Buffett is a big investor in boring. He invests in boring companies that he knows will be around for decades, like soft-drink maker Coca-Cola (KO), consumer-goods titan Johnson & Johnson (JNJ), and credit-card giant Visa (V). He generally avoids companies that are considered revolutionary or innovative.

Here's what he said in his 1996 letter to investors...

I should emphasize that, as citizens, Charlie [Munger] and I welcome change: fresh ideas, new products, innovative processes and the like cause our country's standard of living to rise, and that's clearly good.

As investors, however, our reaction to a fermenting industry is much like our attitude toward space exploration. We applaud the endeavor but prefer to skip the ride.

I occasionally recommend investing in innovation, but it's important to keep those speculations to a small percentage of your portfolio. The majority of an equity portfolio should be made up of boring companies – companies that slowly increase sales and that you know will still be selling the same products 10 or 20 years down the road.

No matter your experience level, these three insights are crucial to your wealth-building success. If you want to make 2019 the year you become a better, more consistent investor, start applying these lessons today.

Here's to our health, wealth, and a great retirement,

Dr. David Eifrig

Editor's note: Doc's about to do some teaching of his own... Next week, he's hosting his first-ever Trading Master Class to show you how to use his newest trading strategy. It's designed to multiply potential gains in stocks by as much as 10 times... And as a bonus, Doc's even giving away one of his highest-conviction buy recommendations.

You can check out the demonstration online, for free, on June 19 at 8 p.m. Eastern time. Sign up here to reserve your spot.

Further Reading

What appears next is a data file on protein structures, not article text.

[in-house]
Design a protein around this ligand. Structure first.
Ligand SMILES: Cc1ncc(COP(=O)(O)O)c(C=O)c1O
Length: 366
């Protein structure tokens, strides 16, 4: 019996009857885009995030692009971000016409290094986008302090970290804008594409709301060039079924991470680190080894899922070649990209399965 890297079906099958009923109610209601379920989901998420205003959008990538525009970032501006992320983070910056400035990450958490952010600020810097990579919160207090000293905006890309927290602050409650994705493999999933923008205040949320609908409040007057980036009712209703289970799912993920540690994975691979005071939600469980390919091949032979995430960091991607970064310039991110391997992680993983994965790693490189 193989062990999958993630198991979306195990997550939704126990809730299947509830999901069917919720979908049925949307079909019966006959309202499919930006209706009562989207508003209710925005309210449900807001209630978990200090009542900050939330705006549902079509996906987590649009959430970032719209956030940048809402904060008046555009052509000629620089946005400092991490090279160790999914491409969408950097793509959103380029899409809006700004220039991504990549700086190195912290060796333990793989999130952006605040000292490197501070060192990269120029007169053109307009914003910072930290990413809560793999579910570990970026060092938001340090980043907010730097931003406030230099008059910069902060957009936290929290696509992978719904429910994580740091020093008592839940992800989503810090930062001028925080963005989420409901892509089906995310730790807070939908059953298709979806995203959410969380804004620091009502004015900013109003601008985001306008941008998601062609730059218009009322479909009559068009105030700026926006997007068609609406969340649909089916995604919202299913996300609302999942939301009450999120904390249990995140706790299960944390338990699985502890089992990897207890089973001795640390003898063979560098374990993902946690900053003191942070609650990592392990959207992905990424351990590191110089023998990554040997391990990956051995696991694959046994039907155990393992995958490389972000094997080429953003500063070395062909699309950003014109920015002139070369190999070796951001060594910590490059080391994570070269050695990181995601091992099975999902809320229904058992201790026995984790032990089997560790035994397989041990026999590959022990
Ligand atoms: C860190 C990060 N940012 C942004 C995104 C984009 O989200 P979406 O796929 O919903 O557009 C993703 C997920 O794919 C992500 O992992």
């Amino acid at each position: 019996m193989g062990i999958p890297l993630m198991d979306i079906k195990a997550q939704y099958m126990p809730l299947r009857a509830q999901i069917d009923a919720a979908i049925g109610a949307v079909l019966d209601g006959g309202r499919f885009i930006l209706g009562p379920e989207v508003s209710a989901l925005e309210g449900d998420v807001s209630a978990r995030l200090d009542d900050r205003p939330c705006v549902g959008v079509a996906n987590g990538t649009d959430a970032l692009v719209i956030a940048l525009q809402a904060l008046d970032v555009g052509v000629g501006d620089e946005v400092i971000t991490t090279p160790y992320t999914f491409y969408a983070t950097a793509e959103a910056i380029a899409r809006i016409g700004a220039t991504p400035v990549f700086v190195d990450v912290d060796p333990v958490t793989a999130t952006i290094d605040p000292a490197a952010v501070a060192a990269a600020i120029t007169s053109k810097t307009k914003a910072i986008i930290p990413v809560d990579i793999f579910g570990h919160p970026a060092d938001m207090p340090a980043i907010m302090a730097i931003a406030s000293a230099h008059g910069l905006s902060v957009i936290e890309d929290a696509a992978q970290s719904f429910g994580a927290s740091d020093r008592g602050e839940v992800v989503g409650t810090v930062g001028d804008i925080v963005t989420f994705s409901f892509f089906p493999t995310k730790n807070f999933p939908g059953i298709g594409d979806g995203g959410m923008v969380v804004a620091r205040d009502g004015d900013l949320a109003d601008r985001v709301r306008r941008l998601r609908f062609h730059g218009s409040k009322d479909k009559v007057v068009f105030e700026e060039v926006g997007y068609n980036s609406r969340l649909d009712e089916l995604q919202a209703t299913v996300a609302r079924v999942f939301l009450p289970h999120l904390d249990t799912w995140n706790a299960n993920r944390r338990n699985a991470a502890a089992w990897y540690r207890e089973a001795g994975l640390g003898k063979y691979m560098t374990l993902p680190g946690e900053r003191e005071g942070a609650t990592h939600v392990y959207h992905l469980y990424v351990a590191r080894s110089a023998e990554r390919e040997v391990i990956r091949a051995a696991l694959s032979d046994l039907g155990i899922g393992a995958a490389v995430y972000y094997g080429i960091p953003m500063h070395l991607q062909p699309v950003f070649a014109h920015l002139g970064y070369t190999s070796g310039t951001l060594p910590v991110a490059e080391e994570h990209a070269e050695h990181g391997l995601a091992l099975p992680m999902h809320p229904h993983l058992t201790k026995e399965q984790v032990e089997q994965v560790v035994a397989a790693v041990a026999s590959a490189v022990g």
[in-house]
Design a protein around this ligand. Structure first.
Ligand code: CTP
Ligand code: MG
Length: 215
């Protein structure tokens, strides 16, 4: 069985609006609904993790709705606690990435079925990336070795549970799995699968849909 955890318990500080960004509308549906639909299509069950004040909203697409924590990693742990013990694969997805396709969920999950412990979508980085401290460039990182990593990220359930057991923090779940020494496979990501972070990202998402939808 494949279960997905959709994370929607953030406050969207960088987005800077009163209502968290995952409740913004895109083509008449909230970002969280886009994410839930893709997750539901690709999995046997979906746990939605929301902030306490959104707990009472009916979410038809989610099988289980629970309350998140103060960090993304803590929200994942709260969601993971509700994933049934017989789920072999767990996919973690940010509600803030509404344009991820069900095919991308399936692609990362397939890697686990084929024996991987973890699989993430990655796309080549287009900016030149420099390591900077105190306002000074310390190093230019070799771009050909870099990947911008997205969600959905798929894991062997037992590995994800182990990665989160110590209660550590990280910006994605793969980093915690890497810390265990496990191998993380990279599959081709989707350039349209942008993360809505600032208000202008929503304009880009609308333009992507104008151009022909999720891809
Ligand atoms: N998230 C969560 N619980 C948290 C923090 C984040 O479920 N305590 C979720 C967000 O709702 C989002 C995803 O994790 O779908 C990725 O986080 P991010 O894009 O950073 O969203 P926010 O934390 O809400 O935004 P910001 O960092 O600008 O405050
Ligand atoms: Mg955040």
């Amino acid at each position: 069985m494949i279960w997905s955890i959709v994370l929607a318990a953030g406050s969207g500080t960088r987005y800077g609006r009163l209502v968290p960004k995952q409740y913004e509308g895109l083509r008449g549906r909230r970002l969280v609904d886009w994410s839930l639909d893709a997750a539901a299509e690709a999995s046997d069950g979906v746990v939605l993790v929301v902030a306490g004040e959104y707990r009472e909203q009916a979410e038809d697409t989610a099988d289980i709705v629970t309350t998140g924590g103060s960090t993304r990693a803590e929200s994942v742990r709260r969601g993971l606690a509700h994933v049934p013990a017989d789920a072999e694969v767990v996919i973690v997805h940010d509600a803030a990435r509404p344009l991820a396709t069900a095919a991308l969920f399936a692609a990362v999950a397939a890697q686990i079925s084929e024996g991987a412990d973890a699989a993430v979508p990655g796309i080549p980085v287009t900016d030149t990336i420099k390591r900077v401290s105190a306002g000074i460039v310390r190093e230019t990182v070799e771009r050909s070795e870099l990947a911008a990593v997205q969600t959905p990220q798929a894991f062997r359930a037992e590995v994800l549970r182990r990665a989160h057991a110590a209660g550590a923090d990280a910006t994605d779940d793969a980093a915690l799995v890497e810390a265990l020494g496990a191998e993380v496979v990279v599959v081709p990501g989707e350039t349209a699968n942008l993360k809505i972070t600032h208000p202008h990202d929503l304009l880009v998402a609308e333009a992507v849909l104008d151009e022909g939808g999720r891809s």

Catch up on Doc's essay about supercharging your retirement savings in yesterday's DailyWealth: The Simplest 'Buffett-Style' Way to Grow Your Wealth.

"It's a nearly universal impulse... but it's a terrible investing choice," Doc says. Investors are guilty of this common mistake... but you don't have to be one of them. Learn more right here.

Market Notes
AFTER STRIKING ROCK BOTTOM, THIS COMPANY RALLIES TO 'LESS BAD'

Today’s chart shows what happens when a bad situation starts to improve…

Regular readers know Steve’s “bad to less bad” trading strategy. If a stock has plummeted, it doesn’t have to skyrocket again for investors to make big gains… It just has to get “less bad.” Today’s company is a former Wall Street darling that has regained some of its past momentum…

Under Armour (UAA) is an $11 billion maker of athletic apparel. Its shares saw explosive gains leading up to a 2015 peak… Then, the company’s rapidly rising sales leveled off. Shares collapsed nearly 80% in two years as hypergrowth-hungry investors threw in the towel. But that initial panic is fading… Even with revenue rising only 2% in the most recent quarter, Under Armour still raked in $1.2 billion – and it just raised its outlook for 2019.

UAA still trades at just half its 2015 levels. But it has come a long way from its 2017 bottom… Shares are up about 130% since then, hitting new multiyear highs. A struggling company can actually be a great investment if things get “less bad”…